A new study revealed Sunday that the Oxford/AstraZeneca vaccine is less effective against the South African variant of the novel coronavirus.
The study, which was first reported by the Financial Times, reveals that the Oxford vaccine offered "minimal protection" against diseases that are brought about by the new strain discovered in South African.
The trial, which has yet to undergo peer review, involved 2,000 subjects near the age of 31. Sarah Gilbert, the lead vaccine developer at Oxford University, said that despite the bad news, vaccines should still protect populations against harmful diseases.
"We may not be reducing the total number of cases but there's still protection in that case against deaths, hospitalizations and severe disease," Gilbert said in a TV interview on BBC.
"That's really important for healthcare systems, even if we are having mild and asymptomatic infections, to prevent people going into hospital with COVID would have a major effect."
The South African variant, also known as E484K, is deadlier than an earlier strain that emerged in the UK, and enables the virus to bypass immunity built up by the vaccines and makes it more transmissible.
Nadhim Zahawi, the government minister responsible for the roll out of vaccines, said booster jabs would be rolled out in fall this year and that annual vaccines would be required to combat such variants.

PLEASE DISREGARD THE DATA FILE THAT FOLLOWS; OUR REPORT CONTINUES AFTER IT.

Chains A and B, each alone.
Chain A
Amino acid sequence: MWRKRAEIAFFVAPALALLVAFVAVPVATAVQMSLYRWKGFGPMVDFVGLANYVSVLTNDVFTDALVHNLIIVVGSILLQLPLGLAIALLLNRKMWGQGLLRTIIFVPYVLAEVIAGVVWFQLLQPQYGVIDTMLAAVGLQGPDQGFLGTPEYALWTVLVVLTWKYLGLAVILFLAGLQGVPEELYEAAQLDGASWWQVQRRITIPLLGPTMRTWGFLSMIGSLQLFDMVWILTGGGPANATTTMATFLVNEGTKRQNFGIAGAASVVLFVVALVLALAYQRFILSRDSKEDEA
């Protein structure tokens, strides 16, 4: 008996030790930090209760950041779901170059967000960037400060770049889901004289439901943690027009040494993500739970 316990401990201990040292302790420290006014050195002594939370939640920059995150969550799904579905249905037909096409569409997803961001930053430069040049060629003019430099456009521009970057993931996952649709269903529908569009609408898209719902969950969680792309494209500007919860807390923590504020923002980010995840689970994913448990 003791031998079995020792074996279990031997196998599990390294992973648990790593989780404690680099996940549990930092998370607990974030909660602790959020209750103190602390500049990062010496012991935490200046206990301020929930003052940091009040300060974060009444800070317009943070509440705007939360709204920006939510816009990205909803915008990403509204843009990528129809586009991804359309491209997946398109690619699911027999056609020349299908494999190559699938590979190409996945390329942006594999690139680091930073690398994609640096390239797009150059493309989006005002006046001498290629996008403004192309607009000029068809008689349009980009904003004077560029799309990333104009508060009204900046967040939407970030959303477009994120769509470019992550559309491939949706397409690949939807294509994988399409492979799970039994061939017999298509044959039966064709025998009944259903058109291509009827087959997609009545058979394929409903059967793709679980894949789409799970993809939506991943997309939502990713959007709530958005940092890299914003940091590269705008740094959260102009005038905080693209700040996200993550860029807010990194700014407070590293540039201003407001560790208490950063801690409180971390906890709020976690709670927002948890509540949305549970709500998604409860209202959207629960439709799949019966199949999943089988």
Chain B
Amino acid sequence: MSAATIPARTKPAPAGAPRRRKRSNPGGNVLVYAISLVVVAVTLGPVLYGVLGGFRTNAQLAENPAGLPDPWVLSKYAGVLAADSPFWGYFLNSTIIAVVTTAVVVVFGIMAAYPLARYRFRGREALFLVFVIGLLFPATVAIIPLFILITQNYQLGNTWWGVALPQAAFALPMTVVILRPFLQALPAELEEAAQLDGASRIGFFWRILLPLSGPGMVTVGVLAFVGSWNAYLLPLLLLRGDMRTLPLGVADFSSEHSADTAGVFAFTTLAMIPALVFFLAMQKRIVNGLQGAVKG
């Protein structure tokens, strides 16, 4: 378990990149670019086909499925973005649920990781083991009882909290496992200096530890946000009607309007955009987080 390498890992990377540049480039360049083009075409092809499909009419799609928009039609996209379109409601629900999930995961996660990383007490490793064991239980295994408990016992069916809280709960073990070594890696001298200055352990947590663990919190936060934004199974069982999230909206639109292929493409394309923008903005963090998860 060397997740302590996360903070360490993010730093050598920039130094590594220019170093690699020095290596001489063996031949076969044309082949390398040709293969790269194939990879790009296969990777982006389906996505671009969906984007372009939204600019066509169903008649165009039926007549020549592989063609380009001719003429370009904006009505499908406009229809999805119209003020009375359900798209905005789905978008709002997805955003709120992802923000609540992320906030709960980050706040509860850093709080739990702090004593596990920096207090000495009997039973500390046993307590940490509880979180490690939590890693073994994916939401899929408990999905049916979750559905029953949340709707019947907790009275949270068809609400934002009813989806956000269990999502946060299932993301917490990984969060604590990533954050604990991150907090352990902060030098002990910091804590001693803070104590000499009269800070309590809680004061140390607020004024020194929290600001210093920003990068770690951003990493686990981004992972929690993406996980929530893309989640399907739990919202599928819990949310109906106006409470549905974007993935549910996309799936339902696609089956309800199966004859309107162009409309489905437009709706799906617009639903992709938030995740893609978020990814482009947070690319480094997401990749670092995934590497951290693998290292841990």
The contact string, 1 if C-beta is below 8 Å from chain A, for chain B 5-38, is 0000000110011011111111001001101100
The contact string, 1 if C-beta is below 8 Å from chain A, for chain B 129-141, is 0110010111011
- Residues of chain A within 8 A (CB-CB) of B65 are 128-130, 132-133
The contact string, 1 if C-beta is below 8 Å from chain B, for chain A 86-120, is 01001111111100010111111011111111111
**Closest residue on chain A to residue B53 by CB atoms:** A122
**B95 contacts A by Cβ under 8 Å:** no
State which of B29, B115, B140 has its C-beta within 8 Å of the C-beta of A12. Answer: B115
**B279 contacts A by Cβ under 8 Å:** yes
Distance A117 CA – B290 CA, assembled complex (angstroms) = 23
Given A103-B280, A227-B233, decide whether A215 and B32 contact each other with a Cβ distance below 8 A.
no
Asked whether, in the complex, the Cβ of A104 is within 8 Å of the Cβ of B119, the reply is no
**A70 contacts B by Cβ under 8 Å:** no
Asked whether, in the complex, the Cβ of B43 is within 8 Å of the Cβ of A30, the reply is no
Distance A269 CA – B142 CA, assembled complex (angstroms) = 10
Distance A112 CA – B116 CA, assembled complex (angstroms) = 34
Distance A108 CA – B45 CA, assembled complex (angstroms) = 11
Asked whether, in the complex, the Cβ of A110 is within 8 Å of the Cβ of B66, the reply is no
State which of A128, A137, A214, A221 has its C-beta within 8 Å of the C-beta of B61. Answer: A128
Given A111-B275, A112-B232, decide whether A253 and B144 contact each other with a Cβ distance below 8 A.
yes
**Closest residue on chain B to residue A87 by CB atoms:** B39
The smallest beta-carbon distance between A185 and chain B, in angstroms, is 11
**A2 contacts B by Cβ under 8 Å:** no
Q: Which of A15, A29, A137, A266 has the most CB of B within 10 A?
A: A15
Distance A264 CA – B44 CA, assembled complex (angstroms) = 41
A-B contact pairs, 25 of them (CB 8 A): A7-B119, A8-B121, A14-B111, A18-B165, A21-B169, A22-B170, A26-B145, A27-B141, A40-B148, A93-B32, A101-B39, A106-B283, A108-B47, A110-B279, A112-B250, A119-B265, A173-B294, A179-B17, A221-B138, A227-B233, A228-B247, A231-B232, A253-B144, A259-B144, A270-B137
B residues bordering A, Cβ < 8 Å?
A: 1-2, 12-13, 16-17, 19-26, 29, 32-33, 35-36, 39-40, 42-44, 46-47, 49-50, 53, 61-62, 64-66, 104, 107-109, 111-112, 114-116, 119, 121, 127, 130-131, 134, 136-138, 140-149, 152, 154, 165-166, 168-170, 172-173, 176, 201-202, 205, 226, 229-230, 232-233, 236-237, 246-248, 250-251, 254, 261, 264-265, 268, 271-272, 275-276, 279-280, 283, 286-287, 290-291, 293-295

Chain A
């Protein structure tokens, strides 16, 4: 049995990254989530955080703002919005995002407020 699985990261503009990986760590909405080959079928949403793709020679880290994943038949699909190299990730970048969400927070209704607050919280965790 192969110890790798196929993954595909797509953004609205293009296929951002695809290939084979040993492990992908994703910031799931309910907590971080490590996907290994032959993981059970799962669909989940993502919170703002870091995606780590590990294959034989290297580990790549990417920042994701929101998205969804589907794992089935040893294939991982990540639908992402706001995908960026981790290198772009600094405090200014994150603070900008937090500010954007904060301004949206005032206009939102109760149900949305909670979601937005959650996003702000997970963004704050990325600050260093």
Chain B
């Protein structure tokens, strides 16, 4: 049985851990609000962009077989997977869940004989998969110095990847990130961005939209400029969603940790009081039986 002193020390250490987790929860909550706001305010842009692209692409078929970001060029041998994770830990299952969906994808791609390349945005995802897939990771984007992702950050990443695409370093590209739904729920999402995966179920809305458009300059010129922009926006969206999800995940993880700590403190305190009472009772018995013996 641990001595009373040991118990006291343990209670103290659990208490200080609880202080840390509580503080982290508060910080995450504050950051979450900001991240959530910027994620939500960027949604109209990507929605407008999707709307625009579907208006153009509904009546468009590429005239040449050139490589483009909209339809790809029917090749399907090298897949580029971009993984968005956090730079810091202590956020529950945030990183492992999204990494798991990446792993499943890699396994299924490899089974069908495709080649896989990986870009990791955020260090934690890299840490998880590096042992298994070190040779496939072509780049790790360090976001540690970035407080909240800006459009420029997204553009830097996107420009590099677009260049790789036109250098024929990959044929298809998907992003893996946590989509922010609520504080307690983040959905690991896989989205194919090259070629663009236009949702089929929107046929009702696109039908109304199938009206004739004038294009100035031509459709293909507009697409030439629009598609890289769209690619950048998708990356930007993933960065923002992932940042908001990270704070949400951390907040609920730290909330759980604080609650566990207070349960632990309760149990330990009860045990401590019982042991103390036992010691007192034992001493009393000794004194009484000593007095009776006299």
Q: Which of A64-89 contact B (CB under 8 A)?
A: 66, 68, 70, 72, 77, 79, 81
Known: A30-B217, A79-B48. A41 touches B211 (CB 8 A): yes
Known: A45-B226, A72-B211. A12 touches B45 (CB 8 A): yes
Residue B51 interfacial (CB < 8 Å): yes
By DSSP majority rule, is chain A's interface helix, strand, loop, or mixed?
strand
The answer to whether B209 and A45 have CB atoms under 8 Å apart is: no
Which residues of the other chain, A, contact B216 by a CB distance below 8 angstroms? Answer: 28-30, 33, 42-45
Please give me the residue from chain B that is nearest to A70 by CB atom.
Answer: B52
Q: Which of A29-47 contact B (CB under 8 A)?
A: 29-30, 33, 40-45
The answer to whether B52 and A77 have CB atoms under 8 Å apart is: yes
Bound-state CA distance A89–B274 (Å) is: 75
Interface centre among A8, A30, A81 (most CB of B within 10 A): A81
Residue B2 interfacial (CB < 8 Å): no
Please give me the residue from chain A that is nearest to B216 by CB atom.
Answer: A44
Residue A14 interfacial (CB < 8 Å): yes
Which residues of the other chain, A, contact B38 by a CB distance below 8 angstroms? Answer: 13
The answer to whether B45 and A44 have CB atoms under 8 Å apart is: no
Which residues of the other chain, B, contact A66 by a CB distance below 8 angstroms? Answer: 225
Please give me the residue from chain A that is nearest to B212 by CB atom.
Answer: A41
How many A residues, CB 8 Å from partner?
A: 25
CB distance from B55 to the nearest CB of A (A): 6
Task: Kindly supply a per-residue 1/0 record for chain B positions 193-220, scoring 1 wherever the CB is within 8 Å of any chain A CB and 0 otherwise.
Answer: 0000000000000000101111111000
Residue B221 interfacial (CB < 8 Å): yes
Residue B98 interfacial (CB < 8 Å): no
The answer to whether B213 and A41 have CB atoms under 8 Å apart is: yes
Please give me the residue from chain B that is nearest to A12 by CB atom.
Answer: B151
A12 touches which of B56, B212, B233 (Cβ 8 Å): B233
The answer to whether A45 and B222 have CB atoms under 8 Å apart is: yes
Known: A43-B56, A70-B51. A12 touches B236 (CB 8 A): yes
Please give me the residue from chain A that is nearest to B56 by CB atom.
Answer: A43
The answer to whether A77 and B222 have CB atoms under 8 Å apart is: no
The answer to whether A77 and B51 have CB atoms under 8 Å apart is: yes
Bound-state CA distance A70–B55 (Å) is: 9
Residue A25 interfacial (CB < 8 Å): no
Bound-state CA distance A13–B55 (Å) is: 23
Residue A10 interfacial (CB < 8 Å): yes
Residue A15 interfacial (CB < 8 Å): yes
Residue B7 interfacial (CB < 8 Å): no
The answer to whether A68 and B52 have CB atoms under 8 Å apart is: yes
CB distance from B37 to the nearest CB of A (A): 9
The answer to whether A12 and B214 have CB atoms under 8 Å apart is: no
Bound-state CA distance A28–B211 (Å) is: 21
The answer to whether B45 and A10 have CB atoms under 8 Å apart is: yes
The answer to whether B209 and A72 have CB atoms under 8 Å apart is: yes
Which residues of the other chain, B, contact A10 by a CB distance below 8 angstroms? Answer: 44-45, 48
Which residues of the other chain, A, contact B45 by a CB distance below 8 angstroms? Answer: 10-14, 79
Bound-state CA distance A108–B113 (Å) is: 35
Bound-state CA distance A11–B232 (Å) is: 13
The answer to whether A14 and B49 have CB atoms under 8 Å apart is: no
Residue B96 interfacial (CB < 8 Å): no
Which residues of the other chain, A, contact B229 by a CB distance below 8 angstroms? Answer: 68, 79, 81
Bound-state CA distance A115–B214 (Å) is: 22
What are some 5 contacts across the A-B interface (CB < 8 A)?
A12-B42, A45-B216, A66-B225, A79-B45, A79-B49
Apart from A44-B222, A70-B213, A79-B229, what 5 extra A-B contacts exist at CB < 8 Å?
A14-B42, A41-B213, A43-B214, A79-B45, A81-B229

"We see very much probably an annual or booster in the autumn and then an annual [vaccine], in the way we do with flu vaccinations where you look at what variant of virus is spreading around the world, rapidly produce a variant of vaccine and then begin to vaccinate and protect the nation," Zahawi said on the same BBC program.
Earlier this week, authorities had been deliberating on whether to introduce so-called "vaccine passports" that would enable people who have been inoculated to travel abroad. Zahawi, however, said the government has now ruled this proposal out.
The number of cases and deaths attributed to the novel coronavirus continues to steadily drop across the UK, with vaccination becoming more widespread.
On Sunday, 15,845 people tested coronavirus positive, bringing total cases to 3,945,680. There were 373 deaths within 28 days of being tested positive on Sunday, bringing the total number of fatalities to 112,660.
By the end of Feb. 6, a first vaccine dose had been administered to 12,014,288 people, while 511,447 have received the second, affording full protection against the disease.
The country's latest R range -- the number of people a single infected individual passes the virus onto -- changed from 0.7-1.1 to 0.7-1. The rate of change also decreased and stands at minus 5% to minus 2% per day.